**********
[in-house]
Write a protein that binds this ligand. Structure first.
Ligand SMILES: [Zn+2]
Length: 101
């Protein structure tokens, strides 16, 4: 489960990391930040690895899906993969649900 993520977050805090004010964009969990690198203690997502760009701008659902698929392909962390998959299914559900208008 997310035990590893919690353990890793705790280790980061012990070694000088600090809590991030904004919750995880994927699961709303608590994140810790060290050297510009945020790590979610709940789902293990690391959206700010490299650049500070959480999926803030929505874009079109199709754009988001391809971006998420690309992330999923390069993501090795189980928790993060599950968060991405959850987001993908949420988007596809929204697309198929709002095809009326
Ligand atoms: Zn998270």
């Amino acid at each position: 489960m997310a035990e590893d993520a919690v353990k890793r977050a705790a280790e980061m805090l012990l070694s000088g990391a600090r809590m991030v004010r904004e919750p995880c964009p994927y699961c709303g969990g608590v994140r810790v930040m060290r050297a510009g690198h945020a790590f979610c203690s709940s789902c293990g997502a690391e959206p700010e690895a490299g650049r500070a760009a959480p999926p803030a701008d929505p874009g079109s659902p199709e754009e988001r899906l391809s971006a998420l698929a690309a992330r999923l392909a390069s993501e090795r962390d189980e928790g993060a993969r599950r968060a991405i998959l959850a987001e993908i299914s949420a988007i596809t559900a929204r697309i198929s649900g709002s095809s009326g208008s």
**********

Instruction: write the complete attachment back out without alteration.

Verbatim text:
[in-house]
Write a protein that binds this ligand. Structure first.
Ligand SMILES: [Zn+2]
Length: 101
């Protein structure tokens, strides 16, 4: 489960990391930040690895899906993969649900 993520977050805090004010964009969990690198203690997502760009701008659902698929392909962390998959299914559900208008 997310035990590893919690353990890793705790280790980061012990070694000088600090809590991030904004919750995880994927699961709303608590994140810790060290050297510009945020790590979610709940789902293990690391959206700010490299650049500070959480999926803030929505874009079109199709754009988001391809971006998420690309992330999923390069993501090795189980928790993060599950968060991405959850987001993908949420988007596809929204697309198929709002095809009326
Ligand atoms: Zn998270």
């Amino acid at each position: 489960m997310a035990e590893d993520a919690v353990k890793r977050a705790a280790e980061m805090l012990l070694s000088g990391a600090r809590m991030v004010r904004e919750p995880c964009p994927y699961c709303g969990g608590v994140r810790v930040m060290r050297a510009g690198h945020a790590f979610c203690s709940s789902c293990g997502a690391e959206p700010e690895a490299g650049r500070a760009a959480p999926p803030a701008d929505p874009g079109s659902p199709e754009e988001r899906l391809s971006a998420l698929a690309a992330r999923l392909a390069s993501e090795r962390d189980e928790g993060a993969r599950r968060a991405i998959l959850a987001e993908i299914s949420a988007i596809t559900a929204r697309i198929s649900g709002s095809s009326g208008s």